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Iranian president visits 2 Gulf Arab states to improve ties

Rouhani meets with sultan of Oman before continuing on to Kuwait; both states have closer relations with Iran than rest of Gulf does

Oman's Sultan Qaboos bin Said (C) and Iranian President Hassan Rouhani review the honour guard upon the later arrival in Muscat on February 15, 2017. (AFP Photo/Mohammed Mahjoub)
Oman's Sultan Qaboos bin Said (C) and Iranian President Hassan Rouhani review the honour guard upon the later arrival in Muscat on February 15, 2017. (AFP Photo/Mohammed Mahjoub)

Iranian President Hassan Rouhani arrived in Oman Wednesday as part of a two-state visit aimed at reviving ties with Iran’s Gulf Arab neighbors.

The official Oman News Agency said Omani Sultan Qaboos bin Saeed met with the Iranian president after his arrival on Wednesday to the sultanate, which sits at the southeastern tip of the Arabian Peninsula and shares control of the Strait of Hormuz with Iran.

Rouhani is expected to travel to Kuwait after visiting Oman.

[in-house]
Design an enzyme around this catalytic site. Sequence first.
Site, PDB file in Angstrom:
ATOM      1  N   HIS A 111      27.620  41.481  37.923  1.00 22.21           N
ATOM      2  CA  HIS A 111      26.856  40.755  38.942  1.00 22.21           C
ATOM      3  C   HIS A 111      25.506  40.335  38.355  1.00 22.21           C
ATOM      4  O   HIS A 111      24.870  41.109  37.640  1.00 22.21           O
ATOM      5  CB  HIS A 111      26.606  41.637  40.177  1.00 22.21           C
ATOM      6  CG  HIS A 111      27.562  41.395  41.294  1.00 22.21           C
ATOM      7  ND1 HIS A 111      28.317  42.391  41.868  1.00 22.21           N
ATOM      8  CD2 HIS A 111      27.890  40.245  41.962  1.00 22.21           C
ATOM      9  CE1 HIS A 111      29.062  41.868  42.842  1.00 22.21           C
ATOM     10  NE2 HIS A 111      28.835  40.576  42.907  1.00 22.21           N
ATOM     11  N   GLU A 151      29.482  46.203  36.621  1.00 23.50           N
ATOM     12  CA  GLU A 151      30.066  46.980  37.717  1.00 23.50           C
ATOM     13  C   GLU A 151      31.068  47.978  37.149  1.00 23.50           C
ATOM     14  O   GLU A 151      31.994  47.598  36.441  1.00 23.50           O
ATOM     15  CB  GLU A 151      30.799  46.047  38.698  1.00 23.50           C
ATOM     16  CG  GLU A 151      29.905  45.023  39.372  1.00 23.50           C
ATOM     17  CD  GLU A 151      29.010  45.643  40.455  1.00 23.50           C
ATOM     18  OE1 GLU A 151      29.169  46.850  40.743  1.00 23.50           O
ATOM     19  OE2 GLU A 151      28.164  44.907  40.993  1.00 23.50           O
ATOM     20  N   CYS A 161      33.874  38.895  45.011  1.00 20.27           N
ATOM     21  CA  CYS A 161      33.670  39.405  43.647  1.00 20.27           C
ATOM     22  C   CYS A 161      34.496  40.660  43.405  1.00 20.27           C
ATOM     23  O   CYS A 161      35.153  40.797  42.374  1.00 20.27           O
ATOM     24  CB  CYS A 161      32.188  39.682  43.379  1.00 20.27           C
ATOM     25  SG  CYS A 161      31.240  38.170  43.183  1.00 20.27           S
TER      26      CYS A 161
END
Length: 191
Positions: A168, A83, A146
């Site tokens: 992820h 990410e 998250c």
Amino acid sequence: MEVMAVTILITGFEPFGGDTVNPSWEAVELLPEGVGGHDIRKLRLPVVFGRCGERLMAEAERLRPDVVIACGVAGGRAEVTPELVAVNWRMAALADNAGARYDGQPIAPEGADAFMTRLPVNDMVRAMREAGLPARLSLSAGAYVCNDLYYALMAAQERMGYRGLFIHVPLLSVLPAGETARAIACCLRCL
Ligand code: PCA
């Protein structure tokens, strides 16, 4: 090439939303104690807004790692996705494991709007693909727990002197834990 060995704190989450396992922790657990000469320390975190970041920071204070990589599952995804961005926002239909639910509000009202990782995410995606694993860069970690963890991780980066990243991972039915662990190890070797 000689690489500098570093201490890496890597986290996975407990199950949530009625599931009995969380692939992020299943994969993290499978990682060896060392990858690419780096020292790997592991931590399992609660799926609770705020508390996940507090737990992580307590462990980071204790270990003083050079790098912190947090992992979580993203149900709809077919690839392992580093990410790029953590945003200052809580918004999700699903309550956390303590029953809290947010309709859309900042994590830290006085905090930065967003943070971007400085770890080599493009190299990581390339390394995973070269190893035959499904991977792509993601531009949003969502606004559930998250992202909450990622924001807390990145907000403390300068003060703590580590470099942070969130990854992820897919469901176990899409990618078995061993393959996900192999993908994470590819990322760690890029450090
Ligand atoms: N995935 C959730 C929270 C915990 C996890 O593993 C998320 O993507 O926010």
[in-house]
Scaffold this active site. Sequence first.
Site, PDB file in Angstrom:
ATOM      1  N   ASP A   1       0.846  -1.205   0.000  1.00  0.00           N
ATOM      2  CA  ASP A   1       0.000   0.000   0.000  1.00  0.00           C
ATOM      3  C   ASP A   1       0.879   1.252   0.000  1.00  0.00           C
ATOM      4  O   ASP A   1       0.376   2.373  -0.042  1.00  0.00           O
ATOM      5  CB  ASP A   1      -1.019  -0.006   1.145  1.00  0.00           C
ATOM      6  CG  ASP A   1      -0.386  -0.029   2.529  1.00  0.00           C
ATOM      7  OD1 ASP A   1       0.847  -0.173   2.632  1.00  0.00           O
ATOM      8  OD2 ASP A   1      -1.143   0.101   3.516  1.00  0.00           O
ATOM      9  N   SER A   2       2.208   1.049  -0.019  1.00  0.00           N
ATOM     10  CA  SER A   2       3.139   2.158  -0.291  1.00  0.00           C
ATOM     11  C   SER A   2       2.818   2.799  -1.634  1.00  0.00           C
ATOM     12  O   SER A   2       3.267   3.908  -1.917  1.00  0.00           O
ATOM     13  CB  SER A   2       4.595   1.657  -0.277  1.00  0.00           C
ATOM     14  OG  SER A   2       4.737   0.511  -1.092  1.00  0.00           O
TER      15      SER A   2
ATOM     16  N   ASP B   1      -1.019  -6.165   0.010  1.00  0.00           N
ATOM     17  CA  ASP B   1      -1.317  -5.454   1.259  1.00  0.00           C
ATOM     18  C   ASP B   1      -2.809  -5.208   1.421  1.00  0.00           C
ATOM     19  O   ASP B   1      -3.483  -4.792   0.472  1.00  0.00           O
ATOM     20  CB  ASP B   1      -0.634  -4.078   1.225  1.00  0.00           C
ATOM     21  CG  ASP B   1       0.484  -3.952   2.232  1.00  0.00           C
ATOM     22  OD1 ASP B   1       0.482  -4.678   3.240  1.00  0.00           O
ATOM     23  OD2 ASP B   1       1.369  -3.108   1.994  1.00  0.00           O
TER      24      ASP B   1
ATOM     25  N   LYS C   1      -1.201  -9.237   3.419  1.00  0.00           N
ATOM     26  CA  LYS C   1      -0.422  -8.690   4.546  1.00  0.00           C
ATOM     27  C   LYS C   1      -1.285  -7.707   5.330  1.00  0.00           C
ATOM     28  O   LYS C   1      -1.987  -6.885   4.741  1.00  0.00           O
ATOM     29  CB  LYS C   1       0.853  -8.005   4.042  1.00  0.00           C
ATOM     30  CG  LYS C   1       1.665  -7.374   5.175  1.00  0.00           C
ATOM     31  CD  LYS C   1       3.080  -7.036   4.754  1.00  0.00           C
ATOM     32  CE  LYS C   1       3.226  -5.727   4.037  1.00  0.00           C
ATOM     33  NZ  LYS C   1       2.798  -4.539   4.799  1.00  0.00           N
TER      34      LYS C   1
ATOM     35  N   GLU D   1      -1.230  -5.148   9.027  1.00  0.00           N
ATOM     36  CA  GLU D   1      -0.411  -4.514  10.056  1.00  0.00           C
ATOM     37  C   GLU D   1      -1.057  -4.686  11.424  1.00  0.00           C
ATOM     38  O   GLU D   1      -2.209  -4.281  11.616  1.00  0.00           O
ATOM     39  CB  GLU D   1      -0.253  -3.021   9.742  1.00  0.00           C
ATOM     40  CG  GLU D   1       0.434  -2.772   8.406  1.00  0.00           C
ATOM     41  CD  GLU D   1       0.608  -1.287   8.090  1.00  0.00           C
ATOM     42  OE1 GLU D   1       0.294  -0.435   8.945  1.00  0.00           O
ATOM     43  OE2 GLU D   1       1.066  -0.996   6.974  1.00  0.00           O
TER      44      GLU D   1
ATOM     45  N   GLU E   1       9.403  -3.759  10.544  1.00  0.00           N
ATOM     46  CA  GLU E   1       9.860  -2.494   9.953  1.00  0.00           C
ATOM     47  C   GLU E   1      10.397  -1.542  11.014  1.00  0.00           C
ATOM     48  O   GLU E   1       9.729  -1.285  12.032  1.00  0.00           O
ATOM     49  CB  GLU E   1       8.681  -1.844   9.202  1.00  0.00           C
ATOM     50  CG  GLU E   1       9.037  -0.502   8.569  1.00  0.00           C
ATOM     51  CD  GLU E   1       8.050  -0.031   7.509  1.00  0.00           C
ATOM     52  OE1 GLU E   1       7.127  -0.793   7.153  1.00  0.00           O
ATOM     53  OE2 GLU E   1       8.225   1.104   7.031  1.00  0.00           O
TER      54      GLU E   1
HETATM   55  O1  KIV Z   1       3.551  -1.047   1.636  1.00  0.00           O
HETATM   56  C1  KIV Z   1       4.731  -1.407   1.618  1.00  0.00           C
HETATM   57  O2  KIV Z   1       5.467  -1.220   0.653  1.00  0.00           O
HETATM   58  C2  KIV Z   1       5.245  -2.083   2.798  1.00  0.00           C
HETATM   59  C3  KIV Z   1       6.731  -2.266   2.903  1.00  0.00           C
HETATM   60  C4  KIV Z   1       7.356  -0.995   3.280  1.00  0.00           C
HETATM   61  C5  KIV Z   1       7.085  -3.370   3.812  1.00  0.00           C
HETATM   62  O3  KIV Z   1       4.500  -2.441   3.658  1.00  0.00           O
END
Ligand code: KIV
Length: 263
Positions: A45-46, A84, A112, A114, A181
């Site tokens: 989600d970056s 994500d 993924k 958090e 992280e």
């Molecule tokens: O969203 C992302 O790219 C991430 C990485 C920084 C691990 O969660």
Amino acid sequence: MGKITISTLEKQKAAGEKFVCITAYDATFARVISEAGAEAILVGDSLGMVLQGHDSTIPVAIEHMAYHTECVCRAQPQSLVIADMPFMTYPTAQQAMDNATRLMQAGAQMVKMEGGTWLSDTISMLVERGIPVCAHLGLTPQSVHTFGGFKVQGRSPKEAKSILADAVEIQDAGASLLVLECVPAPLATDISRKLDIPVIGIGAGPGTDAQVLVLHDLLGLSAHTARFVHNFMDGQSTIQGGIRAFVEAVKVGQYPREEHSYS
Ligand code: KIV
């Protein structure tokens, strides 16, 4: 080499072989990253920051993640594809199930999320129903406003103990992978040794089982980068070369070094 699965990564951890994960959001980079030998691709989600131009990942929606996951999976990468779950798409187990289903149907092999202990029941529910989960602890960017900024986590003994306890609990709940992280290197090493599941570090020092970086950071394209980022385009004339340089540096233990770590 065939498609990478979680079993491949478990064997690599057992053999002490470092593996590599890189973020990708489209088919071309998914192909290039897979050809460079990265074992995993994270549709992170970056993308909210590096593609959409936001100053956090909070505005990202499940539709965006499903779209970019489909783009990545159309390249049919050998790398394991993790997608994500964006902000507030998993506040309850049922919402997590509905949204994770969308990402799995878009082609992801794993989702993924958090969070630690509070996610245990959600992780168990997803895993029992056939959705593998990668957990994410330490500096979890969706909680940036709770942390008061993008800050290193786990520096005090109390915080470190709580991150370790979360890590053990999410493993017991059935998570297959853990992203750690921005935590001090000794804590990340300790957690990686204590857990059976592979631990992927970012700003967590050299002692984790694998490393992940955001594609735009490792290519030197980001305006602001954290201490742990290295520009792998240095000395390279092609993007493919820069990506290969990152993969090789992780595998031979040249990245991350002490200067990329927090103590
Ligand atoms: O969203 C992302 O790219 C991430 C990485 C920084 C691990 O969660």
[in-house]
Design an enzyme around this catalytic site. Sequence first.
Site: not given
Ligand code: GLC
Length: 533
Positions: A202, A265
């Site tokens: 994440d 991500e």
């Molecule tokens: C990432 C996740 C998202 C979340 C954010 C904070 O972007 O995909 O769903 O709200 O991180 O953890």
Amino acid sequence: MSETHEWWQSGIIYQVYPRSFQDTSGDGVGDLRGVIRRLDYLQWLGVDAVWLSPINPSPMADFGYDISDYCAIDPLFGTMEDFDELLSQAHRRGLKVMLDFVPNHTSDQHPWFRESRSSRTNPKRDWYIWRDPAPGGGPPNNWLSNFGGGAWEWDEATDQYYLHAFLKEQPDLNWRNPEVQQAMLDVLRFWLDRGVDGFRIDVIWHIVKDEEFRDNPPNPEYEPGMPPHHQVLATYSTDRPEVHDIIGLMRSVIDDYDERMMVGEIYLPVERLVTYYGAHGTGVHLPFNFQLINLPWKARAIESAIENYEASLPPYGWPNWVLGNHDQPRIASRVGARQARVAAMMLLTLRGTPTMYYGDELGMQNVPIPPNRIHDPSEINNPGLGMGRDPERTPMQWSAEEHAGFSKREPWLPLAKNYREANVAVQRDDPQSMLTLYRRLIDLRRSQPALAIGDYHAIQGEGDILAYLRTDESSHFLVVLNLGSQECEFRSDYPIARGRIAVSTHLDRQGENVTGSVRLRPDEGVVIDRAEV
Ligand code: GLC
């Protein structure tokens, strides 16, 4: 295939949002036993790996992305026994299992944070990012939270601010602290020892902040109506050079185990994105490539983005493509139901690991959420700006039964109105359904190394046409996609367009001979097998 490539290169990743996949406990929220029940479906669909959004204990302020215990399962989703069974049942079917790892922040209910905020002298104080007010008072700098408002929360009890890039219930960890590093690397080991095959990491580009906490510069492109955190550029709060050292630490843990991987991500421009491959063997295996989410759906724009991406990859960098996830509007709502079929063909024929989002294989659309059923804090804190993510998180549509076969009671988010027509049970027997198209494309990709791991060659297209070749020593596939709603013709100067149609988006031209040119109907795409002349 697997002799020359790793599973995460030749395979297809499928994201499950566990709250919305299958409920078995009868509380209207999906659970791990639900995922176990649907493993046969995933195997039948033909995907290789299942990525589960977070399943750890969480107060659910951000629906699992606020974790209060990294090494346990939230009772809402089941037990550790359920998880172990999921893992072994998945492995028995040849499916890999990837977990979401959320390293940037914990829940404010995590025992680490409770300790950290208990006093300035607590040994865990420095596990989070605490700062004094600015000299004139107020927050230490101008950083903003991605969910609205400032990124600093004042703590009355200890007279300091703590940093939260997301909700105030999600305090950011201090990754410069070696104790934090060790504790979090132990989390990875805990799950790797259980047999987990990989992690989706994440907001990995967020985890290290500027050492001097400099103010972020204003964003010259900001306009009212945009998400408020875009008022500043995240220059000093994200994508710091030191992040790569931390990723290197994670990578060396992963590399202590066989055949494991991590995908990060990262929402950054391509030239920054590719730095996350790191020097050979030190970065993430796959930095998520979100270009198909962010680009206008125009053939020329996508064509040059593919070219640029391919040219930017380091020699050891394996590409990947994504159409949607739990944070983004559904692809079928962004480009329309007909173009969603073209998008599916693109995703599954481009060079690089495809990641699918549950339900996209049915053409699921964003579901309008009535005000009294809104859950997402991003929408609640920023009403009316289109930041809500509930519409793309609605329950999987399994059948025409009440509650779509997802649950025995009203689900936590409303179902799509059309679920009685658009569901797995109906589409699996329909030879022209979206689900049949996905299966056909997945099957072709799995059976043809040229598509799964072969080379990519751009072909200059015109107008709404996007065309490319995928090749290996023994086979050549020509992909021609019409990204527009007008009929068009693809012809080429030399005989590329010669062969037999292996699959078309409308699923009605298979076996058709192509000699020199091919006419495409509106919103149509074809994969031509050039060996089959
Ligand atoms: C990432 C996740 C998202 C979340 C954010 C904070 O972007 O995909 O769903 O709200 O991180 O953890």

Tehran’s relations with the six-member, Saudi-dominated Gulf Cooperation Council of Arab states have been strained since Sunni-ruled Saudi Arabia broke off diplomatic relations with the Shiite power Iran last year.

File: Kuwait's emir, Sheikh Sabah Al Ahmad Al Sabah, right, shakes hands with Iranian President Hassan Rouhani during a reception ceremony at the Saadabad Palace in Tehran, Iran, June 1, 2014 (AP/Ebrahim Noroozi, File)
File: Kuwait’s emir, Sheikh Sabah Al Ahmad Al Sabah, right, shakes hands with Iranian President Hassan Rouhani during a reception ceremony at the Saadabad Palace in Tehran, Iran, June 1, 2014 (AP/Ebrahim Noroozi, File)

However, unlike most of its fellow GCC members, Oman has sought to maintain cordial relations with Iran, due to both its geographical proximity to Iran and its desire to not fall under the sway of the Saudi dominated bloc.

Unlike the rest of the GCC, which is predominantly Sunni, the majority of Oman’s citizens subscribe to the Ibadi sect of Islam, adding to the country’s desire to pursue a more independent foreign policy than its Sunni neighbors.

Oman hosted secret talks between the US and Iran in the lead-up to the 2015 nuclear deal between the Islamic Republic and world powers, which helped pave the way for the completion of the agreement.

Kuwait also has friendlier relations with Iran than other GCC members, with the country having a large Shiite majority, the tenet of Islam that the vast majority of Iranians follow.

On Tuesday, Hamid Aboutalebi, the Iranian president’s deputy chief of staff, implored the Gulf states to take advantage of Rouhani’s visit to mend ties, calling on them not to let the opportunity “pass like a cloud,” Reuters reported.

“Rouhani’s regional initiative to accept invitation of leaders of Oman and Kuwait signals the need for Islamic friendship and restoration of regional tie,” he said.

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